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32Bravo
09-05-2010, 02:44 AM
Passed through '5th Comapny Village' recently - became curious as to its name and found this:




"Origins of the 'Merikens', African American settlers of Trinidad's Company Villages".

The Corps of Colonial Marines: Black freedom fighters of the War of 1812
1 INTRODUCTION

In 1815 and 1816 Trinidad welcomed over seven hundred free Black American settlers, refugees from the War of 1812, the second and last armed conflict between the United States and Great Britain. The majority found their new homes in the south of the island around the Mission of Savanna Grande, now Princes Town, mostly within the area known since then as The Company Villages. Local history sometimes asserts that they came out of the War for American Independence, at which time most were not yet born, or that they were part of the West India Regiments, whose settlement at a different time and a different place remains to be fully researched. But the sea soldiers that were the founders of the Company Villages community were part of a great African American emigration, unparalleled and almost ignored, the most significant departure from slavery between the Haitian revolution of the 1790s and British colonial abolition in the 1830s. The Merikens of the Company Villages had been the Corps of Colonial Marines, who saw fighting service with the British in the War of 1812, garrisoned after the war on the island of Bermuda for fourteen months and disbanded in Trinidad in 1816 to form a new free Black yeomanry...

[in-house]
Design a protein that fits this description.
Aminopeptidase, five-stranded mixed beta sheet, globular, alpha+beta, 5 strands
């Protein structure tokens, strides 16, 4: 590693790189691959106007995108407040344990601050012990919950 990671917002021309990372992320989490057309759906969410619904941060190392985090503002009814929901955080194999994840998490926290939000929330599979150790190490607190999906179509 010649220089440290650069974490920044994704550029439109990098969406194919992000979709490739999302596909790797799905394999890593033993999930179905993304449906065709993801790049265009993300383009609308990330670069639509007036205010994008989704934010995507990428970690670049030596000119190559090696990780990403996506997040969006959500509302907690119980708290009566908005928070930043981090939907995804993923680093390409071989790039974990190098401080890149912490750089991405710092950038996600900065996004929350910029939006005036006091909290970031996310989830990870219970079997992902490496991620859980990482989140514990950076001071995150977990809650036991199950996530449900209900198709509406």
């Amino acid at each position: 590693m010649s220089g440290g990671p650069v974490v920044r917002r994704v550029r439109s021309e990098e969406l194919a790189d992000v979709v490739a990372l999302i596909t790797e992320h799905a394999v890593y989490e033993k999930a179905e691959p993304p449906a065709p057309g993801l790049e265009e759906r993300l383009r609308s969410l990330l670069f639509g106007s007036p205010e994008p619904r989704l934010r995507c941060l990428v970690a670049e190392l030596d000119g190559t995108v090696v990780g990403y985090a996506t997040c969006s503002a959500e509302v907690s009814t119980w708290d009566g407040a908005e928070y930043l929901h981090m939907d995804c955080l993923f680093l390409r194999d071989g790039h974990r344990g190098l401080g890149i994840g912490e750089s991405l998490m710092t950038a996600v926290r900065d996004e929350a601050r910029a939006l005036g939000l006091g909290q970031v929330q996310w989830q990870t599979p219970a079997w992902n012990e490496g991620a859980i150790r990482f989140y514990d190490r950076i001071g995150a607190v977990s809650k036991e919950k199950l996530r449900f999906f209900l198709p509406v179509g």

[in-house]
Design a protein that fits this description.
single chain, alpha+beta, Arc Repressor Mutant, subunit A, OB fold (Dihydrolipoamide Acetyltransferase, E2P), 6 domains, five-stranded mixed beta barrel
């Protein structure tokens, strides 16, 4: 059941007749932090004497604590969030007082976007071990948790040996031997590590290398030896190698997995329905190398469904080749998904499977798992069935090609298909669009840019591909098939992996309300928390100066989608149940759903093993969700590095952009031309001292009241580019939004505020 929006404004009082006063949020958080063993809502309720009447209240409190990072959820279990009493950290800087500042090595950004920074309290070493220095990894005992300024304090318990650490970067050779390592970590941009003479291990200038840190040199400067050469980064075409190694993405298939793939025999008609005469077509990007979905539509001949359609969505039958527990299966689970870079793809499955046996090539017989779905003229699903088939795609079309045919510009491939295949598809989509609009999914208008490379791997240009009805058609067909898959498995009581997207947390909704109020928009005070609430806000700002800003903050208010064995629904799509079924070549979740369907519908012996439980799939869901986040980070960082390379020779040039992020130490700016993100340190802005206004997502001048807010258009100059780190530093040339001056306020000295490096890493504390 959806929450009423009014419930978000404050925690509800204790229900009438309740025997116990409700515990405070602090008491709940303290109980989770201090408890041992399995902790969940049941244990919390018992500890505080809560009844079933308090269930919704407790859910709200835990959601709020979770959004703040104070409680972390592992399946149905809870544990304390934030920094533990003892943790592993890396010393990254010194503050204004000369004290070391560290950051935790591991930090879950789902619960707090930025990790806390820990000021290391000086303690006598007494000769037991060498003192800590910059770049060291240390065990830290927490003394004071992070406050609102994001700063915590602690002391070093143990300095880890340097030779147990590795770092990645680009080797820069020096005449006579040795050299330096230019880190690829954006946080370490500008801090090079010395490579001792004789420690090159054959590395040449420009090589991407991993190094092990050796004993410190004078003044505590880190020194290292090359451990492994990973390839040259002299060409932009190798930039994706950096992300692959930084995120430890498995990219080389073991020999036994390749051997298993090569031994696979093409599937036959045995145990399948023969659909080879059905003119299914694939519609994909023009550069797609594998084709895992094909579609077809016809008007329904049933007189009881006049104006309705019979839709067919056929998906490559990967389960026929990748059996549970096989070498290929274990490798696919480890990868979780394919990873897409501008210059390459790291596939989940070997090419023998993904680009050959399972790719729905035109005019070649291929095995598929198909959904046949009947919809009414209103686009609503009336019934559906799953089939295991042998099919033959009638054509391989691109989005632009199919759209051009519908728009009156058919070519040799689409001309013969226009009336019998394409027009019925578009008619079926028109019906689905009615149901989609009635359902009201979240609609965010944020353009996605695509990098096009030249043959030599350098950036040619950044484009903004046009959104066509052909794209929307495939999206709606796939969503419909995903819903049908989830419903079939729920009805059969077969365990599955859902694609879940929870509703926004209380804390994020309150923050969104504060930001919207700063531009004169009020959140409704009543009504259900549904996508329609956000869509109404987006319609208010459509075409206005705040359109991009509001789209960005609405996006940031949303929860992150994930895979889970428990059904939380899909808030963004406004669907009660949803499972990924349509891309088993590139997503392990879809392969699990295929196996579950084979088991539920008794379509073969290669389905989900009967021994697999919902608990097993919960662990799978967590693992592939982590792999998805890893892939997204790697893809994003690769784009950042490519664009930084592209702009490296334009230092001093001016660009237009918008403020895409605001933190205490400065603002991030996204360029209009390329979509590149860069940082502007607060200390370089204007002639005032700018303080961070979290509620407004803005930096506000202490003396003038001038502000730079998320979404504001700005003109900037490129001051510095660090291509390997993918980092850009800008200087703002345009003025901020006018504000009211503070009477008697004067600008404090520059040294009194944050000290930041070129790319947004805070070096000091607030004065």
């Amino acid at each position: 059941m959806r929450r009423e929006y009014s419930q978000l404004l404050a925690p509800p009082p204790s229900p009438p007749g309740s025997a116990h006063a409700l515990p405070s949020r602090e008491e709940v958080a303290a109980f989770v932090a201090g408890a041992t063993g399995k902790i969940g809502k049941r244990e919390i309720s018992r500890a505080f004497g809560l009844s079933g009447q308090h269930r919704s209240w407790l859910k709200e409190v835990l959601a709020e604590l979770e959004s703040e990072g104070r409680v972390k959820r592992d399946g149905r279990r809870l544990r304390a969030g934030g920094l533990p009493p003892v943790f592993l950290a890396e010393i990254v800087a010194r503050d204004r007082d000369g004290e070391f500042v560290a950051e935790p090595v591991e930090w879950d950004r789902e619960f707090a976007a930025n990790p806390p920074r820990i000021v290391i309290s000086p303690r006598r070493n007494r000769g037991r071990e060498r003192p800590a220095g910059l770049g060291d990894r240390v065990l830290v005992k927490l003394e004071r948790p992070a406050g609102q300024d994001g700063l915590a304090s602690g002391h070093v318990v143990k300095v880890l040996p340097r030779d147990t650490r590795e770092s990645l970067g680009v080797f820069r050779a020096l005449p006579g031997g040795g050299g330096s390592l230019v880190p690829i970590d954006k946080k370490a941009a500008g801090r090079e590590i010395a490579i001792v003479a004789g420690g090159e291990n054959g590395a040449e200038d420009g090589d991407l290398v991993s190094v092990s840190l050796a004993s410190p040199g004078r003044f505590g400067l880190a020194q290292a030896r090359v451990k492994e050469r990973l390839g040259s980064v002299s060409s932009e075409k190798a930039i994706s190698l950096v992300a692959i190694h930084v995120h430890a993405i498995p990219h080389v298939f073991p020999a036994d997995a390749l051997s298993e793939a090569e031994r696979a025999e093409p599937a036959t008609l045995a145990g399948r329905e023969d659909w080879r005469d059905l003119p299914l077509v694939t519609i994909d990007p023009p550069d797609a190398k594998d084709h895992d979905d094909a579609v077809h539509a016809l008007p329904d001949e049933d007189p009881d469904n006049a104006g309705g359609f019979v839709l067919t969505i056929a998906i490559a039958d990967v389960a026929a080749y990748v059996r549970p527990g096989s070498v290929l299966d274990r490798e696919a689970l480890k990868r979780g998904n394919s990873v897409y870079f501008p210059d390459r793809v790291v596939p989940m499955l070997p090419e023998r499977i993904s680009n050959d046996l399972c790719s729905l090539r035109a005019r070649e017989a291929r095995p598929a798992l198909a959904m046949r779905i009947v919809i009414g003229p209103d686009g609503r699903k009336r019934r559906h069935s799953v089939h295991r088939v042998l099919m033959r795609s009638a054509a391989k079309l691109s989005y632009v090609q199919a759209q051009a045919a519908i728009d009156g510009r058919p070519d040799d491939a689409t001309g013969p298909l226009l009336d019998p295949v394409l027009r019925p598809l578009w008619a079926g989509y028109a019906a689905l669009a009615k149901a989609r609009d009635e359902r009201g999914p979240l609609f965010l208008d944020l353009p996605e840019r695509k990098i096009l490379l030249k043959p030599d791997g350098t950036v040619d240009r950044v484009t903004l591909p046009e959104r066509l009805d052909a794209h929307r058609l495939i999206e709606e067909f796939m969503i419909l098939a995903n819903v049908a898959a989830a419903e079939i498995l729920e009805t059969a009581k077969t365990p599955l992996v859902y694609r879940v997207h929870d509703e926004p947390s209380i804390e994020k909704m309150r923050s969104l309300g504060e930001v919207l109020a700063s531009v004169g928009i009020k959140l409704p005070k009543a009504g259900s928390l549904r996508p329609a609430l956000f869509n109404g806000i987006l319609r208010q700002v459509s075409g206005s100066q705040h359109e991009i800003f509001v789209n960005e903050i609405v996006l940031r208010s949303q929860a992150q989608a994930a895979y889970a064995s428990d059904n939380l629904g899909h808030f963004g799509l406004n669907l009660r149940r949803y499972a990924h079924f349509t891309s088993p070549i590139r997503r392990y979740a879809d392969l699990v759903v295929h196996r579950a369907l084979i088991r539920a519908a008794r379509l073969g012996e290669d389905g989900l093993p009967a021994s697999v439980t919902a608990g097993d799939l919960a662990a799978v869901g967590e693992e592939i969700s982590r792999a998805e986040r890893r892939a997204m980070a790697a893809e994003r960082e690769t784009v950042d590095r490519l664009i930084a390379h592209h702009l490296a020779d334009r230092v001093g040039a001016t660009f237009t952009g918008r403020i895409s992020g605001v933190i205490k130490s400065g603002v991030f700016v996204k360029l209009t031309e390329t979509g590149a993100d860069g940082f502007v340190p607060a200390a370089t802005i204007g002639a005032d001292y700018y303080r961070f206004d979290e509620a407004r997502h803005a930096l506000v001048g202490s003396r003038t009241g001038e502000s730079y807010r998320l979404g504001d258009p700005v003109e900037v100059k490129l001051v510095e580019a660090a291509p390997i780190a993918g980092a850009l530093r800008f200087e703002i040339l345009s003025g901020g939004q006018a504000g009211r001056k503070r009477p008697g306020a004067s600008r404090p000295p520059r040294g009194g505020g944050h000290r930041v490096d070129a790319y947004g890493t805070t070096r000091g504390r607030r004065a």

http://www.mcnishandweiss.co.uk/history/colonialmarines.html

Sources are listed as including:

National Maritime Museum, and the Royal Marines Museum

UK National Archive (the Public Record Office) and also in the British Library